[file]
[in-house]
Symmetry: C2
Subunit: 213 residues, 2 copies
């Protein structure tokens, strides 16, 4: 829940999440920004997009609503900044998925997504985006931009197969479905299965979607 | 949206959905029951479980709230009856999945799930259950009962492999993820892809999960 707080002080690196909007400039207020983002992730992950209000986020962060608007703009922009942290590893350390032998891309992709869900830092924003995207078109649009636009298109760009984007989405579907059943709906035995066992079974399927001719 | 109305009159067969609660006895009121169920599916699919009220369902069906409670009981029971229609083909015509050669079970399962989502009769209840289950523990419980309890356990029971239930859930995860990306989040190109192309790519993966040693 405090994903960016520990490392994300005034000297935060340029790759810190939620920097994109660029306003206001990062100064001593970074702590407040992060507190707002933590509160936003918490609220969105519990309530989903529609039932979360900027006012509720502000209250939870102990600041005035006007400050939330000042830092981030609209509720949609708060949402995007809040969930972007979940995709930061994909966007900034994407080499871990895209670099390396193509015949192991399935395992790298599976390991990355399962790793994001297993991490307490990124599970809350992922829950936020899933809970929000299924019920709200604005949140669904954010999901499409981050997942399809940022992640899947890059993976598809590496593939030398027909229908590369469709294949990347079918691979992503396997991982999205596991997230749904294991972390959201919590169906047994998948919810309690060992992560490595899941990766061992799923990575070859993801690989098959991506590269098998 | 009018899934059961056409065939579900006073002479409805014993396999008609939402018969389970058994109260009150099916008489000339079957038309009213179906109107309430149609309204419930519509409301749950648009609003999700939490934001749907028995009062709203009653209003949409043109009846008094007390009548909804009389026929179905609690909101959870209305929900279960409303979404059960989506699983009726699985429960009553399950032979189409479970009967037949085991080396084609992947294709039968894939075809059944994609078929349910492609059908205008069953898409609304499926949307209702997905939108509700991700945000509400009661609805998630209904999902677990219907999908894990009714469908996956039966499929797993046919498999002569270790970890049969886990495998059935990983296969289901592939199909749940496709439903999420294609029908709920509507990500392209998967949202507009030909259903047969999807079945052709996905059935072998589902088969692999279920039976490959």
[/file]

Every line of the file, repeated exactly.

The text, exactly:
[in-house]
Symmetry: C2
Subunit: 213 residues, 2 copies
């Protein structure tokens, strides 16, 4: 829940999440920004997009609503900044998925997504985006931009197969479905299965979607 | 949206959905029951479980709230009856999945799930259950009962492999993820892809999960 707080002080690196909007400039207020983002992730992950209000986020962060608007703009922009942290590893350390032998891309992709869900830092924003995207078109649009636009298109760009984007989405579907059943709906035995066992079974399927001719 | 109305009159067969609660006895009121169920599916699919009220369902069906409670009981029971229609083909015509050669079970399962989502009769209840289950523990419980309890356990029971239930859930995860990306989040190109192309790519993966040693 405090994903960016520990490392994300005034000297935060340029790759810190939620920097994109660029306003206001990062100064001593970074702590407040992060507190707002933590509160936003918490609220969105519990309530989903529609039932979360900027006012509720502000209250939870102990600041005035006007400050939330000042830092981030609209509720949609708060949402995007809040969930972007979940995709930061994909966007900034994407080499871990895209670099390396193509015949192991399935395992790298599976390991990355399962790793994001297993991490307490990124599970809350992922829950936020899933809970929000299924019920709200604005949140669904954010999901499409981050997942399809940022992640899947890059993976598809590496593939030398027909229908590369469709294949990347079918691979992503396997991982999205596991997230749904294991972390959201919590169906047994998948919810309690060992992560490595899941990766061992799923990575070859993801690989098959991506590269098998 | 009018899934059961056409065939579900006073002479409805014993396999008609939402018969389970058994109260009150099916008489000339079957038309009213179906109107309430149609309204419930519509409301749950648009609003999700939490934001749907028995009062709203009653209003949409043109009846008094007390009548909804009389026929179905609690909101959870209305929900279960409303979404059960989506699983009726699985429960009553399950032979189409479970009967037949085991080396084609992947294709039968894939075809059944994609078929349910492609059908205008069953898409609304499926949307209702997905939108509700991700945000509400009661609805998630209904999902677990219907999908894990009714469908996956039966499929797993046919498999002569270790970890049969886990495998059935990983296969289901592939199909749940496709439903999420294609029908709920509507990500392209998967949202507009030909259903047969999807079945052709996905059935072998589902088969692999279920039976490959």